Are Battle Royale Games Dying Out?

Battle Royale games have dominated the gaming landscape in recent years, captivating millions of players worldwide. However, as new trends emerge and player preferences evolve, some may wonder if the Battle Royale genre is losing its popularity.

Let’s explore that exact question by taking a peek at the history of Battle Royale, its mainstream appeal with games like Fortnite and PUBG, the current state of the genre, and what the future holds for Battle Royale fans.

What is Battle Royale?

To understand Battle Royale games, it's crucial to first define what they are. Battle Royale games involve a large number of players fighting against each other until only one remains standing. These games often incorporate a shrinking playable area, forcing players into intense encounters and strategic decision-making. The last player or team standing is crowned the victor.

While these games don’t necessarily need to be multiplayer, all the most popular battle royale’s are, as it sharpens the genre’s competitive edge.

The First Battle Royale:

The Battle Royale concept originated from a Japanese novel and film by Koushun Takami not-so-coincidentally titled "Battle Royale". The story’s narrative cantered around a group of students forced to fight to the death on a deserted island. The idea was very influential, seeping into other popular media like The Hunger Games. Then, the concept was adapted into video games, with the 2000 release of the "PlayerUnknown's Battle Royale" mod for the game Arma 2. This mod, of course, became Player Unknown’s Battlegrounds, or what fans call PUBG.

Fortnite, PUBG and Mainstream Appeal:

While the original Arma 2 mod was released in 2000, it wasn’t until the late 2010s that the Battle Royale genre skyrocketed in popularity. This came with the releases of Fortnite and the full release of PUBG both in 2017. Fortnite, developed by Epic Games, introduced a free-to-play model and a unique building mechanic, attracting a massive player base across different age groups. PUBG, on the other hand, focused on a more realistic approach, capturing the attention of hardcore gamers.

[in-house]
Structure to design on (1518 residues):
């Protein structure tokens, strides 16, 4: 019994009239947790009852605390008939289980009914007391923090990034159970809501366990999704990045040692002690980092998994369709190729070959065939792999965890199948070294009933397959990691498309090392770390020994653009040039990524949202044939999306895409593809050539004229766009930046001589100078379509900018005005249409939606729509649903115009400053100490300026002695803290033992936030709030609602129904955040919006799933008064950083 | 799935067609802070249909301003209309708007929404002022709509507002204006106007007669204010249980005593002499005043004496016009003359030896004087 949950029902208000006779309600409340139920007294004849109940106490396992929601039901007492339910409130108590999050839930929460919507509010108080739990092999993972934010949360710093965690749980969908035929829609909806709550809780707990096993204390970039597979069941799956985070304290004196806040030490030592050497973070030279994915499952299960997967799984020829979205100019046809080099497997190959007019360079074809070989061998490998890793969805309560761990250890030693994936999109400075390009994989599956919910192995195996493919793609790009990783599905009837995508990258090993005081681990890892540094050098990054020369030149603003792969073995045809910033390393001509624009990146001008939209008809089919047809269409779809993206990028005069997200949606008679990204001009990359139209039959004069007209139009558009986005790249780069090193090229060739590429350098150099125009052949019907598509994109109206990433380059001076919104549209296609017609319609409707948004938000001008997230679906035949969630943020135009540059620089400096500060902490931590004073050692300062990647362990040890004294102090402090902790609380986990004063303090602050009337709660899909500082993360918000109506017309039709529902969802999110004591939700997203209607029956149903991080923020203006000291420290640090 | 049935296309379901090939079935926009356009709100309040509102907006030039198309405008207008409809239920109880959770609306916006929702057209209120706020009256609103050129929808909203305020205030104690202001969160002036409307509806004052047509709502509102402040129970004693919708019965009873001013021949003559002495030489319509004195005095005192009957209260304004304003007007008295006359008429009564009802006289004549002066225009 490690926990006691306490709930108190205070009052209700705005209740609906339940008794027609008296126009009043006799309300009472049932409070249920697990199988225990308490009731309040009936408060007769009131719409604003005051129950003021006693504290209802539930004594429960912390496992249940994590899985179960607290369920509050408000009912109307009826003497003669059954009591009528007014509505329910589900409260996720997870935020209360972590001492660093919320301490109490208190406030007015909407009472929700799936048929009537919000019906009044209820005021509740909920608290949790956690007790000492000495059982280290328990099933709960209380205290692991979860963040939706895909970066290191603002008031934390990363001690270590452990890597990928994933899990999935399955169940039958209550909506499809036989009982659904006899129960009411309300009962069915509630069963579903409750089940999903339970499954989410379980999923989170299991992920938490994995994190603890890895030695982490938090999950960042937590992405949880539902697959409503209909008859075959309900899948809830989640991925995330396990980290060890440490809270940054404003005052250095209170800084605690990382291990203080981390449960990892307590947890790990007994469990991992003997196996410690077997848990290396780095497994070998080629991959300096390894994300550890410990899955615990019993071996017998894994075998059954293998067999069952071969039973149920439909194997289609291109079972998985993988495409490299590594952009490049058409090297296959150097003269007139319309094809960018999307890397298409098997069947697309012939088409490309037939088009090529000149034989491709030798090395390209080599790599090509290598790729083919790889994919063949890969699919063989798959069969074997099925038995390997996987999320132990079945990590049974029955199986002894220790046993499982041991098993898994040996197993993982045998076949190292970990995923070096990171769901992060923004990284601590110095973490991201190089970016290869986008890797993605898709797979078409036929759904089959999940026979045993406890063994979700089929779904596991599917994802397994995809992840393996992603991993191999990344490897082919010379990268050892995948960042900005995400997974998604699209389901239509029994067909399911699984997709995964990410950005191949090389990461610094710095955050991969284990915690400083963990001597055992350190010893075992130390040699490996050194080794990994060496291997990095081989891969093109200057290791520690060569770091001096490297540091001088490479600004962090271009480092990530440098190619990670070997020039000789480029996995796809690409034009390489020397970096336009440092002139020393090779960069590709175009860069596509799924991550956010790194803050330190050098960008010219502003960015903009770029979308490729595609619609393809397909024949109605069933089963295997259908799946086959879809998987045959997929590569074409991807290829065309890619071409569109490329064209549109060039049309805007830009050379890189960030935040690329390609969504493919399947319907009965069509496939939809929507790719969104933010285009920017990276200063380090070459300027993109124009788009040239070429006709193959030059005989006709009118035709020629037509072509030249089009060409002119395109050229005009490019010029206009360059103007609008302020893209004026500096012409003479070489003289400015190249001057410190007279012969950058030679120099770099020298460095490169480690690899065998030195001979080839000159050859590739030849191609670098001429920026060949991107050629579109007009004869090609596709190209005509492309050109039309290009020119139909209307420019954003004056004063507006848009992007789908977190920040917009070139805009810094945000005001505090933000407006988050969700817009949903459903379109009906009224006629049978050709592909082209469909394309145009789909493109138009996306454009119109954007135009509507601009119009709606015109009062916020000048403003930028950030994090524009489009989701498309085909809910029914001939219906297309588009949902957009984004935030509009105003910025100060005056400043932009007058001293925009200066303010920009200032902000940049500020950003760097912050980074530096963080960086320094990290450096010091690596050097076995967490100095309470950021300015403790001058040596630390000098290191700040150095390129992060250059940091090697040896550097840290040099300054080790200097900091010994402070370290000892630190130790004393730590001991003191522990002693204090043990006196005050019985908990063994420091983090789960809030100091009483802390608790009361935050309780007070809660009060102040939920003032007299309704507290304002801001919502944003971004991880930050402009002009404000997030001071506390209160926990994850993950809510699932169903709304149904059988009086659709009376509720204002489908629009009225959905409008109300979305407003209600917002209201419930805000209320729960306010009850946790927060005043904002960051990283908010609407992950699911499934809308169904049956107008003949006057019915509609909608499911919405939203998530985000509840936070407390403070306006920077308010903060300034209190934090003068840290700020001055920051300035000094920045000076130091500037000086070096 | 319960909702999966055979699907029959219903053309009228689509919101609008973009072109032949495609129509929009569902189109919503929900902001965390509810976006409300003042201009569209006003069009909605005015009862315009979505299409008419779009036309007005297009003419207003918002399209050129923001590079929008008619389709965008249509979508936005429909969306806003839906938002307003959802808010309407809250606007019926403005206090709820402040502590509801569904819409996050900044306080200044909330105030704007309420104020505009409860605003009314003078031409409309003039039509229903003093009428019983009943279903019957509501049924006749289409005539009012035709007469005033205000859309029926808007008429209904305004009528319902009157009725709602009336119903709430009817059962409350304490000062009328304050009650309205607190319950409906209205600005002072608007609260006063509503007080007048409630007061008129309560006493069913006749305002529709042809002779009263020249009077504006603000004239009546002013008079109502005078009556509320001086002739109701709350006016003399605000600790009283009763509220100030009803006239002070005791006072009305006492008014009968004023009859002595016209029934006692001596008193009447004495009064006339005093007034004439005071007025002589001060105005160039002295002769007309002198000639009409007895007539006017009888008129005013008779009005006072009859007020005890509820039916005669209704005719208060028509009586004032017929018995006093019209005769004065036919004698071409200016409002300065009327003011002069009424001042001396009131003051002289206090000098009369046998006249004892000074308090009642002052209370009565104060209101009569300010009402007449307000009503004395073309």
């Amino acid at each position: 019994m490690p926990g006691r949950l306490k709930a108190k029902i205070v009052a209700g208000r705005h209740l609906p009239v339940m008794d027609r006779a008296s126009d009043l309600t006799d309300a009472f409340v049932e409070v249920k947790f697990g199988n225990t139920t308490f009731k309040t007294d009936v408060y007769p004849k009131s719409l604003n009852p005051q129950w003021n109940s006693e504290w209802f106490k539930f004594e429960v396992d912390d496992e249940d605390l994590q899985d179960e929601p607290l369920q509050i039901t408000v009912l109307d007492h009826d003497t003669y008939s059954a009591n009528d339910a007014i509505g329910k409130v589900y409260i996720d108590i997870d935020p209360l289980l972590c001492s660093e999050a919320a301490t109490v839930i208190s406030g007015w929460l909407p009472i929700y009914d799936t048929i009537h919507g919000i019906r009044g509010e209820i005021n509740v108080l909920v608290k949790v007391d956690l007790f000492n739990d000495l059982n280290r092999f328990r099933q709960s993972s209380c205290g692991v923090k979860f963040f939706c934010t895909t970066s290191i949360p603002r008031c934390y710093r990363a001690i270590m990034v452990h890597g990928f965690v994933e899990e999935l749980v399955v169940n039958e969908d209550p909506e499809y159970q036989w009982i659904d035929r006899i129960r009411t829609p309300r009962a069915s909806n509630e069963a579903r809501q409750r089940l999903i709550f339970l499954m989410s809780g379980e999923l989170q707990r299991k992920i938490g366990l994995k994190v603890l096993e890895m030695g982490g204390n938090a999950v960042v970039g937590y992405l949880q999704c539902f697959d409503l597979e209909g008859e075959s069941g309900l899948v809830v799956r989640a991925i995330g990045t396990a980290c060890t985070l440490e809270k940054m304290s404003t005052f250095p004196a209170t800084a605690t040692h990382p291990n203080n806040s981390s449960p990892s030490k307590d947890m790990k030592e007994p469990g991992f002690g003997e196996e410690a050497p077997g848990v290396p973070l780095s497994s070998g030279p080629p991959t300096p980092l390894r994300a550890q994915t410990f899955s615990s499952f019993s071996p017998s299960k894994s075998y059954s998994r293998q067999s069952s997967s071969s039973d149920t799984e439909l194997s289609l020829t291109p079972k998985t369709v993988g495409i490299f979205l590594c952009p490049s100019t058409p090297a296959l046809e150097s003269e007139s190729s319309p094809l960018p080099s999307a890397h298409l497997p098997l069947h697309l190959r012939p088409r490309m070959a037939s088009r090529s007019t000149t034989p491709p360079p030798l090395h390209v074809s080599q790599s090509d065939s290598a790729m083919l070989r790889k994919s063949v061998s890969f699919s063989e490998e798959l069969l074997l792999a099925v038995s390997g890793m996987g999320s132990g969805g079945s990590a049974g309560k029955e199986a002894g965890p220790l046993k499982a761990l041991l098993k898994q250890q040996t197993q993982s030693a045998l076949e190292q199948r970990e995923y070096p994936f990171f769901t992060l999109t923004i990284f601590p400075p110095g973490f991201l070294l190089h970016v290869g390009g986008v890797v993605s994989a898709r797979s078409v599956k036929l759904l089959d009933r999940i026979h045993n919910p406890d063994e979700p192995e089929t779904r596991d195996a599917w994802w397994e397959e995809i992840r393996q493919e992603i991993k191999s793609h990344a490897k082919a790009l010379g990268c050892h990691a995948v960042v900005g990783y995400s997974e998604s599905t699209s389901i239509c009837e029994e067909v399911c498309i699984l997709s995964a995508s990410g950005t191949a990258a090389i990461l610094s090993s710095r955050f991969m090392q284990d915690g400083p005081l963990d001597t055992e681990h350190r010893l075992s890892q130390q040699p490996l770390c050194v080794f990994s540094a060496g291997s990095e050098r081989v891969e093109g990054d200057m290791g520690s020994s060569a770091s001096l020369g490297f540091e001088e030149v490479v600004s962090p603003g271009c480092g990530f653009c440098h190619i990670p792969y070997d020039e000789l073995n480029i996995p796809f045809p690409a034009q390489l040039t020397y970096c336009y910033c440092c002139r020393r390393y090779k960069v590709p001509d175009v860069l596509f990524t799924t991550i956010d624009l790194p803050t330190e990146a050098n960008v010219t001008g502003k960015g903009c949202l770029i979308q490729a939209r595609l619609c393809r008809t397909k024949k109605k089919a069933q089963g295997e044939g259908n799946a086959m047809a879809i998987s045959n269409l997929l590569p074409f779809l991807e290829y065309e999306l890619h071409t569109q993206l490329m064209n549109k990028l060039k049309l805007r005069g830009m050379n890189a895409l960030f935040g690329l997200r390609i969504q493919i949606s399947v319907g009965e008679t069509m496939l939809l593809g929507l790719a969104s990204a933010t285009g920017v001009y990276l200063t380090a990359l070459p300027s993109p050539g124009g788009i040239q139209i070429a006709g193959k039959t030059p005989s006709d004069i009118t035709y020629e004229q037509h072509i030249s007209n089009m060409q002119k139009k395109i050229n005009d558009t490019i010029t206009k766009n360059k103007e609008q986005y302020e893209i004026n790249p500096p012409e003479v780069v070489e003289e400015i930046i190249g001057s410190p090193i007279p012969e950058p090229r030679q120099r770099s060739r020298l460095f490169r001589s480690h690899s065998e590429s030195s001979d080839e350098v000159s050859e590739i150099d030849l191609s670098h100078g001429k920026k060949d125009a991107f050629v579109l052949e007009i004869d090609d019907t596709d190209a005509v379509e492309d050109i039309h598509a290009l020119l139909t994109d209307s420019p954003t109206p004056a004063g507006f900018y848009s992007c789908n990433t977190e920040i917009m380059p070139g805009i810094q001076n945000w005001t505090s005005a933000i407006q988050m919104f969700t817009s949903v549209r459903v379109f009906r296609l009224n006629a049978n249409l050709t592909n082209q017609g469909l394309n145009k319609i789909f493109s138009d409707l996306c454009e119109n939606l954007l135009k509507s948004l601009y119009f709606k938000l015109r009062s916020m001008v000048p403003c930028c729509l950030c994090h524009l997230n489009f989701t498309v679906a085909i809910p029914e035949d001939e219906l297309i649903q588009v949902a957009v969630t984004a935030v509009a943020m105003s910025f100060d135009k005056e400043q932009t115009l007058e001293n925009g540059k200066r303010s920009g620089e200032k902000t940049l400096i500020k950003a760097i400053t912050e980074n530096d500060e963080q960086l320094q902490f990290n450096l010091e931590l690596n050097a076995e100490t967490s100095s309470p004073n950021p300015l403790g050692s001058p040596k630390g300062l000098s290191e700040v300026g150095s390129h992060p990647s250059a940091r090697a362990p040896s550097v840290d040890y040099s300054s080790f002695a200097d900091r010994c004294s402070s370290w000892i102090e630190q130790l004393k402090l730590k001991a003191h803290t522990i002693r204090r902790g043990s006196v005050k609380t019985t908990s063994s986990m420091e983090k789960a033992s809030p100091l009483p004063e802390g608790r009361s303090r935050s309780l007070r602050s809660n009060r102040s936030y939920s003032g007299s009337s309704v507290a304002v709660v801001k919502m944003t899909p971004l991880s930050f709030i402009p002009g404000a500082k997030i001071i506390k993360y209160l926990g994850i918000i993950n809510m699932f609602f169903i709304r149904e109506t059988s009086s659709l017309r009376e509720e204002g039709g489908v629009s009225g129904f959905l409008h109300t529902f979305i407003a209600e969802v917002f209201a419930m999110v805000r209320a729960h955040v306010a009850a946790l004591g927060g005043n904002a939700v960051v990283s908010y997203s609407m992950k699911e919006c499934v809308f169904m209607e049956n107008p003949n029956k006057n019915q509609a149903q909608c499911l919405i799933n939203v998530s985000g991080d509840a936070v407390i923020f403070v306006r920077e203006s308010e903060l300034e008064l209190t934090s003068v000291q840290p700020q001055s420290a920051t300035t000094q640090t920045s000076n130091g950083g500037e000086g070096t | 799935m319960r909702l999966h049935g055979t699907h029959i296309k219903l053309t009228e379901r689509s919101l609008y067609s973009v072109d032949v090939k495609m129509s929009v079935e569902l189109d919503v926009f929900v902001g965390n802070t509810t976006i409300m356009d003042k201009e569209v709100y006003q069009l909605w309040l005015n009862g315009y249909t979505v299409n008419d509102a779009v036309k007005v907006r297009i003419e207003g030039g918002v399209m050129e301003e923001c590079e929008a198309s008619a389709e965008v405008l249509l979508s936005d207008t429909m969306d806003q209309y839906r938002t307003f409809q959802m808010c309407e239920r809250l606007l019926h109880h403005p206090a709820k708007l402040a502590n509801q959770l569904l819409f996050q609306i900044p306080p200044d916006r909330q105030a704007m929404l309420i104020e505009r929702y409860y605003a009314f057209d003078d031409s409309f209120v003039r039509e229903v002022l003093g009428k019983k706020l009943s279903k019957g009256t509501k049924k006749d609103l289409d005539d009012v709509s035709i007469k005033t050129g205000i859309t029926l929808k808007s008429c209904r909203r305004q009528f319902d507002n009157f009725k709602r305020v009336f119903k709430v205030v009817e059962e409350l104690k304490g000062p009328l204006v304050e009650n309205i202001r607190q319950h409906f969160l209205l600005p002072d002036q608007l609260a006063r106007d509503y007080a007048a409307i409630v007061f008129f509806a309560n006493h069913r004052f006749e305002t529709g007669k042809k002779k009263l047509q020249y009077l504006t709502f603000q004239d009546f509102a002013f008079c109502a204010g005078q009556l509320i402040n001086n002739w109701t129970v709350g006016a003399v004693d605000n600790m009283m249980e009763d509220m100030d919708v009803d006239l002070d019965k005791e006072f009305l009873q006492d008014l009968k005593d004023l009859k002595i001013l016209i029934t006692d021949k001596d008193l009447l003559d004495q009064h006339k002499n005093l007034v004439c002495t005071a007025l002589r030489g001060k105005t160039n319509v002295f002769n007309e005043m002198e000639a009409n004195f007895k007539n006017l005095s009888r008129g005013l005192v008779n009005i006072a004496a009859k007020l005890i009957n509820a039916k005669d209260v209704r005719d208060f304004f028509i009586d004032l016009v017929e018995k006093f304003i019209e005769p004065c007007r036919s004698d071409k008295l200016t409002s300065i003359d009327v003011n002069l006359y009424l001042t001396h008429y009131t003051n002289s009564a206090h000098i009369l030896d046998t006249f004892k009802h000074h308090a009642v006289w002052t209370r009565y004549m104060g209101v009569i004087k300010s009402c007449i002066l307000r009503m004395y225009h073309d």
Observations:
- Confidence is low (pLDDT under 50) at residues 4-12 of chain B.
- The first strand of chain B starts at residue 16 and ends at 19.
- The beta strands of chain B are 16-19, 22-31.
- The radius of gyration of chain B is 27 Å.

These games brought Battle Royale into the mainstream, with their polished gameplay, accessibility, constant updates, and engaging gameplay. They also paved the way for the genre's integration into esports, leading to large-scale tournaments and significant prize pools.

The State of Battle Royale Today:

While Fortnite and PUBG continue to enjoy substantial player bases, the Battle Royale genre has become more saturated. Many developers jumped on the bandwagon after the success of these two landmark titles, leading to numerous Battle Royale releases. As a result, the market has become highly competitive, making it challenging for new entries to gain traction and retain players.

That said, some titles like Apex Legends and Call of Duty: Warzone managed to hold their own in the market, captivating slightly different groups of players and becoming the two key competitors to Fortnite and PUBG. Speaking of which, if you want to get ahead in Apex Legends you can buy PUBG Mobile accounts here.

It’s also worth noting that some casual variants of the battle royale formula appeared on the scene in the years following the success of Fortnite. Games like Fall Guys and it’s mobile clone Stumble Guys managed to attract large groups of players, streamers and media buzz.

But because of all of these games riffing off the exact same formula, some players may be experiencing Battle Royale fatigue. The repetitive nature of the genre, where matches often follow similar patterns, can lead to decreased interest over time. Moreover, the skill-based matchmaking systems implemented by some games may create a less enjoyable experience for casual players, potentially alienating a significant portion of the player base.


While the Battle Royale genre may no longer totally dominate the gaming industry as it once did, it is far from dying out. The initial explosion in popularity led to an influx of games, making the market highly competitive. Some players may have grown tired of the genre's repetitive nature, and skill-based matchmaking systems have presented challenges.

It's also worth noting that Battle Royale games have extended beyond just the gaming sphere. They have become cultural phenomena, with collaborations, events, and crossovers with popular franchises and celebrities. These collaborations help maintain interest and attract new players who may be drawn to the excitement and buzz surrounding these games.

Furthermore, the esports scene surrounding Battle Royale continues to grow. Major tournaments and leagues, such as the Fortnite World Cup and PUBG Global Championship, showcase the competitive nature of the genre and offer players the opportunity to pursue professional gaming careers.

This competitive aspect contributes to the longevity of Battle Royale games by fostering a dedicated player base and driving ongoing interest in the genre.

So, while some may question the future of Battle Royale games, it is important to remember that gaming trends are cyclical. As long as developers continue to push boundaries and deliver exciting and innovative experiences, Battle Royale games will remain a significant part of the gaming landscape for years to come.

Khaled Taha

A tech writer, technology enthusiast, and a good follower of what's new in the smartphone world. I have been working in the field of electronic journalism since 2013 and until now, I have worked in many technical sites and I am currently working on the website (Review Plus).

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